electro-Physics: 17.3409 volts

From: Dwight K. Elvey <dwight.elvey_at_amd.com>
Date: Mon Dec 13 14:12:05 2004

>From: "Paul Koning" <pkoning_at_equallogic.com>
>Some of this discussion reminds me of the "arguments" why the metric
>system is inferior to the US system of measures.

 Contrary to what Tom Jennings states in a later post, there
are sound physical reasons for using fractional systems
when dealing with the physical world. I'm not defending
the English system that is a hodgepodge of poorly
related measurement standards. The only reason we have
a decimal system is because of the number of fingers we
have. Hardly a sound reason to squeeze physical relations
into. One wonders why there are 2.5mm screws when the
decimal system works so well.
 If we'd had 8 finger, things would have been so much
easier to work with. 8 is 2 cubed and one hand would
be 4 or 2 squared. These both fit nicely into the physical
world were squares cubes are most often worked with.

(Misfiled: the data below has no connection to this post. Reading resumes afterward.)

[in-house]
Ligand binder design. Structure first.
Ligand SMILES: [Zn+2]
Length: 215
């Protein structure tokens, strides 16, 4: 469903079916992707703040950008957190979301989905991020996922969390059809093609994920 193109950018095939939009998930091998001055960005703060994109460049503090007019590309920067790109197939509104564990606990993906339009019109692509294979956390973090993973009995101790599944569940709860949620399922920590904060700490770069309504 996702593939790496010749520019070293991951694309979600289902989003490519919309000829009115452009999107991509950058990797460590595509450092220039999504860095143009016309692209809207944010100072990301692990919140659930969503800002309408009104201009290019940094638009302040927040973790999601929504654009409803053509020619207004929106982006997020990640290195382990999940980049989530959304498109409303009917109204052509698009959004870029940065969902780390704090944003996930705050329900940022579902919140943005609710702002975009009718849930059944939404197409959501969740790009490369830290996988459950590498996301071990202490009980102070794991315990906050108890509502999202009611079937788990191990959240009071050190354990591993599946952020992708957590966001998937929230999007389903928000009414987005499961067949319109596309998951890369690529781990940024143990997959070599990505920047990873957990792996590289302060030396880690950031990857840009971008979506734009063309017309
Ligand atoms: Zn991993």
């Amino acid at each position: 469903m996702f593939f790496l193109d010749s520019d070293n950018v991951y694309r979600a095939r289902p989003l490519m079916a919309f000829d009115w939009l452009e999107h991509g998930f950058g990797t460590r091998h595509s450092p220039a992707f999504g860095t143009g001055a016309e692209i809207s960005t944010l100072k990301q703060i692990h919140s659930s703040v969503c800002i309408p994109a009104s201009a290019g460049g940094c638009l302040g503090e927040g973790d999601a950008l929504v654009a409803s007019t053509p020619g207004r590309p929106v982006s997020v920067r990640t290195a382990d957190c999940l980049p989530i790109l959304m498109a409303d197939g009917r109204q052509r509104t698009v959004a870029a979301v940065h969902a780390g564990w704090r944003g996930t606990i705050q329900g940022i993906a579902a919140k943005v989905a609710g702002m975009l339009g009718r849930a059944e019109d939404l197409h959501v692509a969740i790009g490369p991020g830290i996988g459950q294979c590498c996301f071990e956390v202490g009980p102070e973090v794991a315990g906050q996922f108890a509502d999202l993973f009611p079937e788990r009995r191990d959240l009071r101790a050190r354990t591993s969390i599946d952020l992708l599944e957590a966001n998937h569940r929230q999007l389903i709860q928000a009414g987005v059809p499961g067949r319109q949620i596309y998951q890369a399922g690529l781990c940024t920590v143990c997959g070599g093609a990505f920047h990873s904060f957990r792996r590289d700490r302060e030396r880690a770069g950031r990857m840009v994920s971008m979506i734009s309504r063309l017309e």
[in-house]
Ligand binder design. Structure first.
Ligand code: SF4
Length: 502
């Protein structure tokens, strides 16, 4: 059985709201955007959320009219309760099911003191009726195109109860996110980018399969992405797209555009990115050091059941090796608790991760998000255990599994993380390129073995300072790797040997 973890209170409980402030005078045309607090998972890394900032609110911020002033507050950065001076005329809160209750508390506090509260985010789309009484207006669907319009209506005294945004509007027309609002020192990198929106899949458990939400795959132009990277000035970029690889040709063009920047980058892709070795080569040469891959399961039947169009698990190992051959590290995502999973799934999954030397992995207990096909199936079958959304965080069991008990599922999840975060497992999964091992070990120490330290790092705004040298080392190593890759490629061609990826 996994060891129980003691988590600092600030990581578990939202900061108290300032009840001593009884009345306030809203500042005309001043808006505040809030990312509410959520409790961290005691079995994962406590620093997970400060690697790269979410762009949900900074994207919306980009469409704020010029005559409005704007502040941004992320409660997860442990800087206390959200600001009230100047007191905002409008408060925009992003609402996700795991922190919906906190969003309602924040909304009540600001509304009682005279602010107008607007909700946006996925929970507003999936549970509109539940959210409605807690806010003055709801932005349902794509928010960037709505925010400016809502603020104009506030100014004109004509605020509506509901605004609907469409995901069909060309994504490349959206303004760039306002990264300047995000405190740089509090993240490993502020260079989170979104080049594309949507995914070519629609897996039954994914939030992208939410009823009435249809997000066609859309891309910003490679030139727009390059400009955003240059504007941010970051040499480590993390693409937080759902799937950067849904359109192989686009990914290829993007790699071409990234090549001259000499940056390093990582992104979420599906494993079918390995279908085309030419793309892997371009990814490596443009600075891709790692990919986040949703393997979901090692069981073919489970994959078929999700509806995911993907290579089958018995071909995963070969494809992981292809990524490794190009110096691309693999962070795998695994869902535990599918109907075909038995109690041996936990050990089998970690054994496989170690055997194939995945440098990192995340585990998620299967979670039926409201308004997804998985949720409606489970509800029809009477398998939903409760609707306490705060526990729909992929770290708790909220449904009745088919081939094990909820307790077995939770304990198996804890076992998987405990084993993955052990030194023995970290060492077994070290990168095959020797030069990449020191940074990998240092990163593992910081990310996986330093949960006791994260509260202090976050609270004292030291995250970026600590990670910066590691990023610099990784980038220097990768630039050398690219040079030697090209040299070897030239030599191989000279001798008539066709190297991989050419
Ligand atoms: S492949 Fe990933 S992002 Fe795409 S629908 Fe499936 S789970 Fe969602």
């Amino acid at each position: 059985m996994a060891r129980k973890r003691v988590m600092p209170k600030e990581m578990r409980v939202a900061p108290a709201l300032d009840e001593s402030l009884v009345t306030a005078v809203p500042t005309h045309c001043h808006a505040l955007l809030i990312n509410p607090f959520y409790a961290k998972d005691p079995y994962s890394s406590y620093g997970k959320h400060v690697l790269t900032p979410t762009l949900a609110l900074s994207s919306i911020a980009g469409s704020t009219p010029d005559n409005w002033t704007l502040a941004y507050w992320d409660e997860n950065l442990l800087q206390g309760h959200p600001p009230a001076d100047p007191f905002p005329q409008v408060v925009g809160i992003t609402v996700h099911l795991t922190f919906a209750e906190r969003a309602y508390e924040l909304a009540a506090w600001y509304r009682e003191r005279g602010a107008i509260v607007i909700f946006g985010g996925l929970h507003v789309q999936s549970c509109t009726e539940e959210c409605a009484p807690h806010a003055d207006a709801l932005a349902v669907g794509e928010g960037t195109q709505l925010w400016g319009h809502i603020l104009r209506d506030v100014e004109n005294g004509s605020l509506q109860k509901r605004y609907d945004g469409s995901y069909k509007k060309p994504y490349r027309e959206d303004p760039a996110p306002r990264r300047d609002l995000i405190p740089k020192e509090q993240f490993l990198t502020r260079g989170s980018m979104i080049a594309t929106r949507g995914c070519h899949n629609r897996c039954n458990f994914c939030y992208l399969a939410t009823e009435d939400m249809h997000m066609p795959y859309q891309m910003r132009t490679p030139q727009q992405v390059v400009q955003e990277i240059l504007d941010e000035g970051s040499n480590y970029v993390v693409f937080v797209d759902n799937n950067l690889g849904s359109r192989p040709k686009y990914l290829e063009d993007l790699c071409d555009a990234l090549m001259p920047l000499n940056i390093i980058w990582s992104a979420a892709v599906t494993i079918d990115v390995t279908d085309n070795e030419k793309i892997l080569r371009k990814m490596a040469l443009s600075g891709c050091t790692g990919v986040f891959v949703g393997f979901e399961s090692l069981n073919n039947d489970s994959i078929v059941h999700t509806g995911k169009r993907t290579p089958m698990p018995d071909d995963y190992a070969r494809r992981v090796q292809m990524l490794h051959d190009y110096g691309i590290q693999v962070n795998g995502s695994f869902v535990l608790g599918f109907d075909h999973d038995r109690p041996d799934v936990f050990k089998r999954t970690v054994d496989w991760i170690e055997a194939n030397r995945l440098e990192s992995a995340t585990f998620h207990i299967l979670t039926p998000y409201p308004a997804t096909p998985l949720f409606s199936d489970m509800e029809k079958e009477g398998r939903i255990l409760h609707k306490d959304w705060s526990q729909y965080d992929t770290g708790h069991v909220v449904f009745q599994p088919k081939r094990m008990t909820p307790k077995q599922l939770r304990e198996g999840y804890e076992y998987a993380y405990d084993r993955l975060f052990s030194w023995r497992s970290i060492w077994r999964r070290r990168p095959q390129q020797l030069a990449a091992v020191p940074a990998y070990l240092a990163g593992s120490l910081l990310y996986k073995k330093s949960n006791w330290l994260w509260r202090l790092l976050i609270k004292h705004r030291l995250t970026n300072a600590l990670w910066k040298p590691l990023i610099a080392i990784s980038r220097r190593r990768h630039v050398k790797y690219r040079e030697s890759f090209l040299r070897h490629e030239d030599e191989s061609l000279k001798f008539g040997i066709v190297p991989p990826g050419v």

Even logs would have made more sense under a base 8 system.

>I don't actually know where 50 and 60 Hz came from, nor 100 and 115
>and 220 and 240 volts. There may be some ancient justification in the
>tinkerings of various 19th century engineers, but it seems to me it
>makes most sense simply to view them as random numbers.

 I've been trying to find some actual history on the 50/60
thing on the net but so far, all I was able to find was
that cell phones are frying our brains. My understanding
was that it was a balance between efficient generation
and efficient transformers. The voltages were mainly to
control line loss. In the US, most people live close to
their distribution transformer and line loss is not that
high at 110-115V.

> paul
Received on Mon Dec 13 2004 - 14:12:05 GMT

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